-- Chapter from Stories My Grandfather Told Me Volume 3 -- Vayikra -- Tainted Tzimmes Chapter from Stories My Grandfather Told Me Volume 3 -- Vayikra -- Tainted Tzimmes
Hello. Sign in to get personalized recommendations.
Your Account
Order Status
Customer Service
View Cart Checkout
Home Books Audio Software Judaica
ArtScroll Classics   |    Browse Categories   |    Best Sellers   |    The App  |   New Releases   |   Future Releases   |   Recommendations
ArtScroll Gift Finder
Privacy Policy
To unsubscribe, click here
Shop By Item Number  
Request A Catalog  
Siddur / Prayer Books  
Chumash / Torah  
Tanach / Bible  
Daily Dose of Torah  
Kosher By Design Series  
Passover Haggadahs  
Interlinear Series  
Tehillim / Psalms  
Rubin Prophets  
Torah Reader's Tikkun  
Foreign Language Editions  
Rashi & Ramban  
Children's Titles  
All Categories  
Gift Certificates  
Browse By Category  
Best Sellers  
New Releases  
Back In Print  
Browse by Author  
Browse by Title  
Schottenstein Talmud Bavli  
Schottenstein Talmud Yerushalmi  
Kleinman Ed. A Daily Dose of Torah  
Edmond J. Safra French Talmud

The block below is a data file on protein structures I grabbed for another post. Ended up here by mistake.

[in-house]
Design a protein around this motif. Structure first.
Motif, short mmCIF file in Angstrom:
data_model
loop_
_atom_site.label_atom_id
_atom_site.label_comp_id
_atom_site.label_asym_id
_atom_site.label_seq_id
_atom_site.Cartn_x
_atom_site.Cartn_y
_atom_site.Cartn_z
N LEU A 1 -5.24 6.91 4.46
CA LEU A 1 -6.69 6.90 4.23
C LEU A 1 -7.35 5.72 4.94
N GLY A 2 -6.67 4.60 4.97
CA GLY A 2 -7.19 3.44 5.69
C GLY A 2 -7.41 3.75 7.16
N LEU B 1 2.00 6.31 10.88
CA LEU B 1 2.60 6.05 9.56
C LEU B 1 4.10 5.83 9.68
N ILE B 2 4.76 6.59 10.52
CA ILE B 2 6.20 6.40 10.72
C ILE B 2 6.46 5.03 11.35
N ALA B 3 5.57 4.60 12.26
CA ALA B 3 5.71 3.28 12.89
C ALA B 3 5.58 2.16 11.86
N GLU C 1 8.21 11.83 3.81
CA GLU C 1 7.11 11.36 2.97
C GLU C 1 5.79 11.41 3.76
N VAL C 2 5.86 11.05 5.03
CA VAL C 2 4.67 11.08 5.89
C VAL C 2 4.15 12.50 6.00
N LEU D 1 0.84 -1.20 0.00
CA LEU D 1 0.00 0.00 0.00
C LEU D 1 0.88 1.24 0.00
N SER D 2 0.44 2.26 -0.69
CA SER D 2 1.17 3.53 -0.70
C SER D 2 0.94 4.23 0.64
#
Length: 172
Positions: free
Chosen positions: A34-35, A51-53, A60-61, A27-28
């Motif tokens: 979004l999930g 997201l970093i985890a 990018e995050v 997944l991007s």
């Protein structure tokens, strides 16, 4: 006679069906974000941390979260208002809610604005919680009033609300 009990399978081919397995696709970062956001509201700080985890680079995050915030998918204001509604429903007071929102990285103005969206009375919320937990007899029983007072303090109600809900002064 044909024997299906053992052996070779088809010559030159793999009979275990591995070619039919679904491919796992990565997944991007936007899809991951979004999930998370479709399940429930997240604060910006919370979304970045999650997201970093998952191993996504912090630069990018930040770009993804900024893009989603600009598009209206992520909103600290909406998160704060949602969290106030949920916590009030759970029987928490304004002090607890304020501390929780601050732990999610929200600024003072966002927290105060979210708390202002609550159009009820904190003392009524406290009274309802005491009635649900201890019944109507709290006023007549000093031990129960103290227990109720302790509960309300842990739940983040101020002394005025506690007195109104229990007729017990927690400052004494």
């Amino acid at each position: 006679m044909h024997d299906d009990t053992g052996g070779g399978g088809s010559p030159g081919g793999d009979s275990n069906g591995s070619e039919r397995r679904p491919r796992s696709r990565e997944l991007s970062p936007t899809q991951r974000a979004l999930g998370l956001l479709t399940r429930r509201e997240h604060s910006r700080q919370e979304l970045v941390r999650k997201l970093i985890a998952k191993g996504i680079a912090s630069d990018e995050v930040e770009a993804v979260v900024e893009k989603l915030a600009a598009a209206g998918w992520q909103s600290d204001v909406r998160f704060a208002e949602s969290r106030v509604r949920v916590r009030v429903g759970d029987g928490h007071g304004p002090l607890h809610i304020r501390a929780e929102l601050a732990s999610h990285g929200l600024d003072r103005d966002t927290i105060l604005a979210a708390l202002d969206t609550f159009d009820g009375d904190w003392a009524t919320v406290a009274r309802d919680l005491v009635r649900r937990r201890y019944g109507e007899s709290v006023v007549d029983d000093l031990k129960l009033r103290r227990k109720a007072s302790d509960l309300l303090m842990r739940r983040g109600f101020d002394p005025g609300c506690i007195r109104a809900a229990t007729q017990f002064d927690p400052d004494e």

Schottenstein Ed. Book of Mitzvos  
Click for ArtScroll Gift Certificates
Sample Chapters  
Parashah Talk  
Click to find a Hebrew Bookstore near you

  Tainted Tzimmes from
Stories My Grandfather Told Me Volume 3 -- Vayikra
Memorable Tales based on the Weekly Sidrah

By Zev Greenwald  Libby Lazewnik  Tova Katz 

Other Available Chapters
Only the Best 

Tainted Tzimmes

“He shall remove its crop with its feathers, and he shall throw it”

(Vayikra 1:16)

“But with regard to fowl, which [generally] takes its sustenance from that which is stolen ... it says, ‘he shall throw [away] the innards’ -- for it ate from that which is stolen.” (Rashi)

R’ Chaim of Sanz ate little. He did not fast, but ate only enough to support his body and soul, “so that they do not run away,” as he put it. He would taste a bit of every dish, then distribute the rest. His taste was very discriminating and he had a fine sensitivity when it came to food.

It is said that one Shabbos, when the tzimmes was served, the Rebbe picked up his spoon in order to taste it. Then he turned the spoon over and returned the tzimmes to its plate without tasting it. Everyone wondered at this, surprised that the Rebbe refused to partake of a Shabbos dish.

Later it was discovered that the carrots from which the tzimmes were made had been taken from a young gentile boy who, when passing by the Rebbe’s house earlier in the day, had broken a pane of glass in a window. Members of the household caught the boy and took the carrots away as a fine for breaking the window.

Though the Rebbe knew nothing of all this, his delicate sensitivity sensed that the carrots fell into the category of stolen property, and he refused to touch the dish made from them.

© Copyright 2008. All rights reserved.